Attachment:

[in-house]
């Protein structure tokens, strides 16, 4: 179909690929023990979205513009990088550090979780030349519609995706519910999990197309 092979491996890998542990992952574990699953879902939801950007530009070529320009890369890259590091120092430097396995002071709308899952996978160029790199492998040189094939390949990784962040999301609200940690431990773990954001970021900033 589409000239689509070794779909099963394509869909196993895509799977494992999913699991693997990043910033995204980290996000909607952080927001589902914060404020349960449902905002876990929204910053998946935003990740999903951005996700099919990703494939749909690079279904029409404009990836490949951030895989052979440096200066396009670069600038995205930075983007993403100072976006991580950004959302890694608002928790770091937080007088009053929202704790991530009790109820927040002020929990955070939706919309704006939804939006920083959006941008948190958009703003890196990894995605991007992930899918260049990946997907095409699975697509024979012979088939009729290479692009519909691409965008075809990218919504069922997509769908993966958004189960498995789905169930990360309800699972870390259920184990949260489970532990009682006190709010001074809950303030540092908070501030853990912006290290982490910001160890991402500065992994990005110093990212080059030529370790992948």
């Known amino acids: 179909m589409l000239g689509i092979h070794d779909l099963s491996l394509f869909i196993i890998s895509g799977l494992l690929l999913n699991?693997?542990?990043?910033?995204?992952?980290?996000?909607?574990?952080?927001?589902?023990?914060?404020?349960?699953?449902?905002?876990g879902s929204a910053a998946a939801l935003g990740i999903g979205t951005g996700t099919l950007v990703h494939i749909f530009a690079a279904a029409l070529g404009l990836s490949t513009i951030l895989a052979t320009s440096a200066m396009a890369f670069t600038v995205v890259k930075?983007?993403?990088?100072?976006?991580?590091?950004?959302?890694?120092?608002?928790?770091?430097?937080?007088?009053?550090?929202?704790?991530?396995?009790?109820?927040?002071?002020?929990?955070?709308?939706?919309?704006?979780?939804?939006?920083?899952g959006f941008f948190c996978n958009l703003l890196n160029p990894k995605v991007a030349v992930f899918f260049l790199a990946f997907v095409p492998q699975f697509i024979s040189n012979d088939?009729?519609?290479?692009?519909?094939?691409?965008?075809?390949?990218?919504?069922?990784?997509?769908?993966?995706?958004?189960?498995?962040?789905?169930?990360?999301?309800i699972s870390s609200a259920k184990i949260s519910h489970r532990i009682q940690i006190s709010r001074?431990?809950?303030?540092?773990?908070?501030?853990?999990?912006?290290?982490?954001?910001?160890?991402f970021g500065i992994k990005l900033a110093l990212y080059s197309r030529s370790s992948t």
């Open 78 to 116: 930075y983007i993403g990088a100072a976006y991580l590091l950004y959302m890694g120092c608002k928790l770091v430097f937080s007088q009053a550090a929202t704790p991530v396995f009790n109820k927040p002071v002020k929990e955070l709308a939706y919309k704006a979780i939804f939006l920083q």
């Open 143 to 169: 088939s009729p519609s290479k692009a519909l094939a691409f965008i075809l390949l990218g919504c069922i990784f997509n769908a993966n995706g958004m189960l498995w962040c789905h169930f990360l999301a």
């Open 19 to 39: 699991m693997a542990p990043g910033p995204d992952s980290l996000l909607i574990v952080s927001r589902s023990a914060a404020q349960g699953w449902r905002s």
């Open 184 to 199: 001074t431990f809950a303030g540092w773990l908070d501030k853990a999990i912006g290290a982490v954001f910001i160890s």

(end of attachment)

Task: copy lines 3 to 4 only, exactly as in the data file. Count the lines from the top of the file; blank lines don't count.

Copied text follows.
């Known amino acids: 179909m589409l000239g689509i092979h070794d779909l099963s491996l394509f869909i196993i890998s895509g799977l494992l690929l999913n699991?693997?542990?990043?910033?995204?992952?980290?996000?909607?574990?952080?927001?589902?023990?914060?404020?349960?699953?449902?905002?876990g879902s929204a910053a998946a939801l935003g990740i999903g979205t951005g996700t099919l950007v990703h494939i749909f530009a690079a279904a029409l070529g404009l990836s490949t513009i951030l895989a052979t320009s440096a200066m396009a890369f670069t600038v995205v890259k930075?983007?993403?990088?100072?976006?991580?590091?950004?959302?890694?120092?608002?928790?770091?430097?937080?007088?009053?550090?929202?704790?991530?396995?009790?109820?927040?002071?002020?929990?955070?709308?939706?919309?704006?979780?939804?939006?920083?899952g959006f941008f948190c996978n958009l703003l890196n160029p990894k995605v991007a030349v992930f899918f260049l790199a990946f997907v095409p492998q699975f697509i024979s040189n012979d088939?009729?519609?290479?692009?519909?094939?691409?965008?075809?390949?990218?919504?069922?990784?997509?769908?993966?995706?958004?189960?498995?962040?789905?169930?990360?999301?309800i699972s870390s609200a259920k184990i949260s519910h489970r532990i009682q940690i006190s709010r001074?431990?809950?303030?540092?773990?908070?501030?853990?999990?912006?290290?982490?954001?910001?160890?991402f970021g500065i992994k990005l900033a110093l990212y080059s197309r030529s370790s992948t």
């Open 78 to 116: 930075y983007i993403g990088a100072a976006y991580l590091l950004y959302m890694g120092c608002k928790l770091v430097f937080s007088q009053a550090a929202t704790p991530v396995f009790n109820k927040p002071v002020k929990e955070l709308a939706y919309k704006a979780i939804f939006l920083q």